When my older brother was about 11 or 12, he came home with a bad report card. My father took off his leather belt, and smacked my brother with it. We had these captain-style beds that ran parallel in our shared room. I turned my back to the wall because I didn’t want to look. I just closed my eyes, and listened to my brother apologize and promise to do better, as our dad smacked over and over and repeated, “You need to shape up.”
To this day, I’m still not sure what “shape up” meant, but I assume it had something to do with getting better grades.
I couldn’t help but think of this moment when I came across a recent study in JAMA Pediatrics. Using data from Florida, researchers reviewed calls to a state child abuse hotline and compared them with school report card release dates across one academic year. Data was collected in a 265-day window from September 2015 to May 2016 in 64 Florida counties where report card release dates were available. What they found was a four-fold increase in reported physical child abuse on Saturdays after a Friday report card release.
So let’s try to wrap our heads around that. If a report card is bad and it comes out on a Friday, the next day the children with poor grades are four times more likely to be abused. I was raised in the ’80s, when corporal punishment was much more prevalent, but I naively assumed this sort of thing wasn’t so common anymore.
Turns out I was wrong.
Naturally, it gets more complicated. What the study also found was that if report cards came out during the school week, there was no significant increase in confirmed child abuse cases. I scratched my head a little bit there, and apparently so did the researchers.
Education Week talked to Melissa Bright, the lead author of the study and a University of Florida assistant research scientist in early-childhood studies. As of right now, they only have assumptions as to why this is the case.
“Parents might drink or use drugs more on weekends,” Bright suggested. “Or they could calculate that any injuries the child receives on a weekend would be less noticeable a few days later. Or parents prone to lose their temper or use corporal punishment in response to bad grades may simply have less time to look at or stew over report cards delivered during the work week.”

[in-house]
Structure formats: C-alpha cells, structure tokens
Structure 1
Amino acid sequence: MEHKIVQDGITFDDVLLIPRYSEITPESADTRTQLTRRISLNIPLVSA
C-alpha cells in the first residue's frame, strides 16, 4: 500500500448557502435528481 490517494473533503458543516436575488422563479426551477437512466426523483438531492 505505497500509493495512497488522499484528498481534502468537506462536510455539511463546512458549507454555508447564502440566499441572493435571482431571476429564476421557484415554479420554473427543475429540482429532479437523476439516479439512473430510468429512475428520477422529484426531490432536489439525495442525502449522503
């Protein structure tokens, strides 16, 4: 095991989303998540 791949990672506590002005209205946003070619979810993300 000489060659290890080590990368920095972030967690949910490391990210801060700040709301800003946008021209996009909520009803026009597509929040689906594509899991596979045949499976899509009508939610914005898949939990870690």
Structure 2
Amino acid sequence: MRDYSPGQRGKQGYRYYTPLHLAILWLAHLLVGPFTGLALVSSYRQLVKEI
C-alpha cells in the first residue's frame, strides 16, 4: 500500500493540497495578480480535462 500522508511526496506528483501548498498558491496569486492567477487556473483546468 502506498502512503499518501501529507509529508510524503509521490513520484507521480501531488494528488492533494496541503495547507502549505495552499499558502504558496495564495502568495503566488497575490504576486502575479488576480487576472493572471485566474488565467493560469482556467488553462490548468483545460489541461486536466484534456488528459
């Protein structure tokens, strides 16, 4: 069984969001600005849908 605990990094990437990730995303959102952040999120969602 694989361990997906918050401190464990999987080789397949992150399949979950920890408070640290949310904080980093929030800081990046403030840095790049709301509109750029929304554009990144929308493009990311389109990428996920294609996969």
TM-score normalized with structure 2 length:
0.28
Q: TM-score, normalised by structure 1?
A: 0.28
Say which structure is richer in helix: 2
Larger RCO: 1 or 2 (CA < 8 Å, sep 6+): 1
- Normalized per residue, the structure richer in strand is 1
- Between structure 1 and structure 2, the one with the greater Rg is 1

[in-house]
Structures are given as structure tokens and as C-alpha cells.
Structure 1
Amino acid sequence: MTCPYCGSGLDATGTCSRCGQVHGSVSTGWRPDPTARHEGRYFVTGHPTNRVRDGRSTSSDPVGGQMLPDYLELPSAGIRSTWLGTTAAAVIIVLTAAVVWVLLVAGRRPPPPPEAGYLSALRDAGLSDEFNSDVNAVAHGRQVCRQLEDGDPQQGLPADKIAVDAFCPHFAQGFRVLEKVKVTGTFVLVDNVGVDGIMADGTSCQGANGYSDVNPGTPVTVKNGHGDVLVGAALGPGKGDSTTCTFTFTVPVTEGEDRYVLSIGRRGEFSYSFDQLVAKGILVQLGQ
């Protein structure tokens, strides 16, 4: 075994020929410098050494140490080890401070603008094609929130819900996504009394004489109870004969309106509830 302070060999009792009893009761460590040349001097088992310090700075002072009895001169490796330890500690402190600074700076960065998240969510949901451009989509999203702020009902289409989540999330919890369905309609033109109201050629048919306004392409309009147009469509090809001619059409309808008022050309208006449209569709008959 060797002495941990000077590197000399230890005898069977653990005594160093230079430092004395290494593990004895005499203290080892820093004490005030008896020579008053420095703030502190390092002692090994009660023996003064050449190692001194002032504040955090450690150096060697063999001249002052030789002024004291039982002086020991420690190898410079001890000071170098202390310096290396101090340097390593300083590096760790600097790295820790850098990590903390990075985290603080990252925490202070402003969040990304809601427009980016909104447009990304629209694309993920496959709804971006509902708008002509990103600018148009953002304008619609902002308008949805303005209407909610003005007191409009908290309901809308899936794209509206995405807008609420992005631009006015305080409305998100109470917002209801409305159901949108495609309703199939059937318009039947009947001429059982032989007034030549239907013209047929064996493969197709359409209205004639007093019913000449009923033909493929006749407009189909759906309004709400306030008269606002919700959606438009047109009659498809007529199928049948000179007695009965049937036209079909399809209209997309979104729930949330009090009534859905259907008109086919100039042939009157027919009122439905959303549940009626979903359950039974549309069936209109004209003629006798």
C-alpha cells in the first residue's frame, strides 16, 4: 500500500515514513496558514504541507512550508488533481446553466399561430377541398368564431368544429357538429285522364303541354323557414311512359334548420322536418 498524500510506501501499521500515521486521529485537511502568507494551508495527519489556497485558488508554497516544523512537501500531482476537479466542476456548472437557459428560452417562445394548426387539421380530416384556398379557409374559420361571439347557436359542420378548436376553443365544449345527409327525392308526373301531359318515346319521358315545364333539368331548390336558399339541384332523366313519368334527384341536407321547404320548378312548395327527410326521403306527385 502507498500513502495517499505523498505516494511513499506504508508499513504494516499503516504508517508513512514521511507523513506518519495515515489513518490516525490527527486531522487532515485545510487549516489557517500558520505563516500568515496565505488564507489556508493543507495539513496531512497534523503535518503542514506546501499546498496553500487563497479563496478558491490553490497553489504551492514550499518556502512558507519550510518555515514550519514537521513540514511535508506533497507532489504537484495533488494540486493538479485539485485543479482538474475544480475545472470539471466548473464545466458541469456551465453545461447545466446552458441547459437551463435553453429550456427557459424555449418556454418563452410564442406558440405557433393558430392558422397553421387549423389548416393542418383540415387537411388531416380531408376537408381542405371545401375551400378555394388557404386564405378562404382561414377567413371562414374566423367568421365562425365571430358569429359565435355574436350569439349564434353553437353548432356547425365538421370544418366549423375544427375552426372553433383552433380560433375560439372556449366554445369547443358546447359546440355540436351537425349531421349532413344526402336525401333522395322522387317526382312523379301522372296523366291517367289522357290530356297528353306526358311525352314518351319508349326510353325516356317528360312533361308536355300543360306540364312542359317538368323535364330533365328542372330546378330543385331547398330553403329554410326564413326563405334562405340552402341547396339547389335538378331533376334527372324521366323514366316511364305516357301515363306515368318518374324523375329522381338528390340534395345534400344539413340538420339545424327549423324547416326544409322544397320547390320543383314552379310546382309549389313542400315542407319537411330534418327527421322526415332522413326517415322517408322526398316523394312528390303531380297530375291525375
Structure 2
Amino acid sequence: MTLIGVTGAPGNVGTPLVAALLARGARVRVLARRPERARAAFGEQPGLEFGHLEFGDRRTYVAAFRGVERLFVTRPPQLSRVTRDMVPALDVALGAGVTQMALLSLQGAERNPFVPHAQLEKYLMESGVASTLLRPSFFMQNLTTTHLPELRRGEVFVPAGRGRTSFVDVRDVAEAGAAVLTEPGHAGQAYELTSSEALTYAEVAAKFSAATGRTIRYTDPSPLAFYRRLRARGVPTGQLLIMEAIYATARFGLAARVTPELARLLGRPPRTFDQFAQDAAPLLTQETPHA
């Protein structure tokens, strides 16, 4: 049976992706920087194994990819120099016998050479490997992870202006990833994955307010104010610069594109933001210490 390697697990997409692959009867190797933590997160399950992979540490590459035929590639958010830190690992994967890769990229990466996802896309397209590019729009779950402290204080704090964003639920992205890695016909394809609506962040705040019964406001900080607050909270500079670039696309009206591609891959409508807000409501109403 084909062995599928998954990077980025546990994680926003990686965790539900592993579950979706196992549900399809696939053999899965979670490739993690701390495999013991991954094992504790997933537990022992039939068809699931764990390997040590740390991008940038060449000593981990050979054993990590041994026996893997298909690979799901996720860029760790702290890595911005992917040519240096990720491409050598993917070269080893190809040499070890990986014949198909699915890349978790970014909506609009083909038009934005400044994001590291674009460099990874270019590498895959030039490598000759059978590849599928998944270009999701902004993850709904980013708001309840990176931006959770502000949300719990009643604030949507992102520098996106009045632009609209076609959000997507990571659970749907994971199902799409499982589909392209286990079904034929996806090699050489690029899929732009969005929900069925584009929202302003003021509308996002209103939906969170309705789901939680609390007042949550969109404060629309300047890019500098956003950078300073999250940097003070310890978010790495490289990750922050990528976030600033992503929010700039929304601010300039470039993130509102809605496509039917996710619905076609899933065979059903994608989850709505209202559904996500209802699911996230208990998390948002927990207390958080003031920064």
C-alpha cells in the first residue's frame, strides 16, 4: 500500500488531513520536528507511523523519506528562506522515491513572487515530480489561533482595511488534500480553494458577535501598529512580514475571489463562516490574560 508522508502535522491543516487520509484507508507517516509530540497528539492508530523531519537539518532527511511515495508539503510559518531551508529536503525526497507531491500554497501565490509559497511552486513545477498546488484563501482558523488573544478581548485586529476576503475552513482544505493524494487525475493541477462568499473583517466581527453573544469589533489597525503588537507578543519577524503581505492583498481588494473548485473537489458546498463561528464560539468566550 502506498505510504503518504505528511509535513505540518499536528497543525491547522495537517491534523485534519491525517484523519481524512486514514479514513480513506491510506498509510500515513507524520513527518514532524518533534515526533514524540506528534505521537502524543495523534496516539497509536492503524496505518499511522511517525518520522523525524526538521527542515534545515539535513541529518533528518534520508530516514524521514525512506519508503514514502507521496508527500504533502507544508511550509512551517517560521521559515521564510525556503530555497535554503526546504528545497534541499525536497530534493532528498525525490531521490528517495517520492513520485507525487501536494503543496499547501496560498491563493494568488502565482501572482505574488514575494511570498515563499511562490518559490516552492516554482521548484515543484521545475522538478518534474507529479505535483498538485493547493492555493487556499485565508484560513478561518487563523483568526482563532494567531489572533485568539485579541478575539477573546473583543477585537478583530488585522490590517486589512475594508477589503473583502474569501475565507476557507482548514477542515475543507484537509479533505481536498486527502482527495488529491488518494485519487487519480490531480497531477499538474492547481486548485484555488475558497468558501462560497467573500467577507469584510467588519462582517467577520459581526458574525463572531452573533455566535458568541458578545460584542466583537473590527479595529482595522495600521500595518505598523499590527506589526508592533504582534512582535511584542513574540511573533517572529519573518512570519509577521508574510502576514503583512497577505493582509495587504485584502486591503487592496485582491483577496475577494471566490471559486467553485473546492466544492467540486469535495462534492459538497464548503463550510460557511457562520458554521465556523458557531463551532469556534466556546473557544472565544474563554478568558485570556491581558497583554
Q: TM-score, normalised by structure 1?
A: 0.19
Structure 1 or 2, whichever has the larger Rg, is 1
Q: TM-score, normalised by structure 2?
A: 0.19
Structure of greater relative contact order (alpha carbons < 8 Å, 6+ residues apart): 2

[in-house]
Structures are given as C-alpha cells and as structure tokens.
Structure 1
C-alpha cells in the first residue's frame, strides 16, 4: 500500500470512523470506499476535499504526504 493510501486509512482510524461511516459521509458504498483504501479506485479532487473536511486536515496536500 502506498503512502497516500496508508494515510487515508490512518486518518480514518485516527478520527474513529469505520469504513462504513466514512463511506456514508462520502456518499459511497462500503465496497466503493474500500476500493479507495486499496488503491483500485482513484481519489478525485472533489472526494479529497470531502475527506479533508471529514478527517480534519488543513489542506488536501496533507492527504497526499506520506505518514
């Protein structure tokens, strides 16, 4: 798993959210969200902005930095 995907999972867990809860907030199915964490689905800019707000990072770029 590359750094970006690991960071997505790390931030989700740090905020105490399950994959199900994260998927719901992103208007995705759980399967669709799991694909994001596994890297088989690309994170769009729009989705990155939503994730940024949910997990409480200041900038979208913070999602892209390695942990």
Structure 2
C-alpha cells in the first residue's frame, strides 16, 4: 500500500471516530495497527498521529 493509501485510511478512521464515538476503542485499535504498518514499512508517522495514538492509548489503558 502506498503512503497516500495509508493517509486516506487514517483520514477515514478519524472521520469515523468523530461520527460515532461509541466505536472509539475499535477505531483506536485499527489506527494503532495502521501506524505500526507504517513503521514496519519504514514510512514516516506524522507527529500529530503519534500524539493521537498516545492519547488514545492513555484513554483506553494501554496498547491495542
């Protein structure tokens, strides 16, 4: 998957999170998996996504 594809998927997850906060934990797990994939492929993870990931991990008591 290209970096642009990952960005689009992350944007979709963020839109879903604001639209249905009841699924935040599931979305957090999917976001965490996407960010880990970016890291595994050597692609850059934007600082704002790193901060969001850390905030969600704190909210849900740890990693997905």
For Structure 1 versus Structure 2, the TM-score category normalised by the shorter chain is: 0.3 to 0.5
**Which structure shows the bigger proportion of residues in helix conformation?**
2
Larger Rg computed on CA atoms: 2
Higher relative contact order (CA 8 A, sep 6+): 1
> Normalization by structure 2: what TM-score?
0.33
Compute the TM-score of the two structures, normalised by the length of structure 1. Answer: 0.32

I don’t want to speak for everyone, but I cringed a little reading that paragraph, and I’ll tell you why. Back to the story about my brother…My father interpreted his bad grades as a sign of disobedience and laziness. It wasn’t until my brother was in his early 30s that he was finally diagnosed with high functioning autism and other special needs. The last thing he needed was to be whipped with a belt. What he needed were learning strategies and possible medication for his conditions. When I think back on that moment, it felt like my father was beating my brother because he couldn’t park a car that was missing a steering wheel.
I’ve worked in higher education for ten years now, and the majority of that time has been with student athletes who were brought into the university with severe learning disabilities. 90% of the time the students who struggle the most need classroom accommodations and organizational skills. That’s what has made the difference. Not corporal punishment.
Naturally, the authors of this study make some recommendations, such as advising schools to release their report cards mid-week. They also suggest accompanying report cards with suggested discipline strategies (aside from corporal punishment) for students who received poor behavior grades.
With the increased availability of online grades, trying to manage students report cards release date might not be an option for very long. As of right now, I can look up my children’s grades at any time, and as someone who has been a teacher, I know that grades can fluctuate dramatically depending on the week and the assignment. I’ve checked my kid’s grades and freaked out for a hot minute until I did the math, and realized that the instructor just made a grade book error. It makes me wonder how many children have received physical abuse because their parents happened to check grades on a Friday, and the instructor went home for the weekend without finishing her grading. Which is no fault of the instructors.
All of it places schools in a precarious situation, trying to manage the release of bad information while weighing the impact it might have on children. But ultimately, the main issue is that corporal punishment is still being used to discipline children. It’s the beginning of 2019, people. It’s time we moved past this.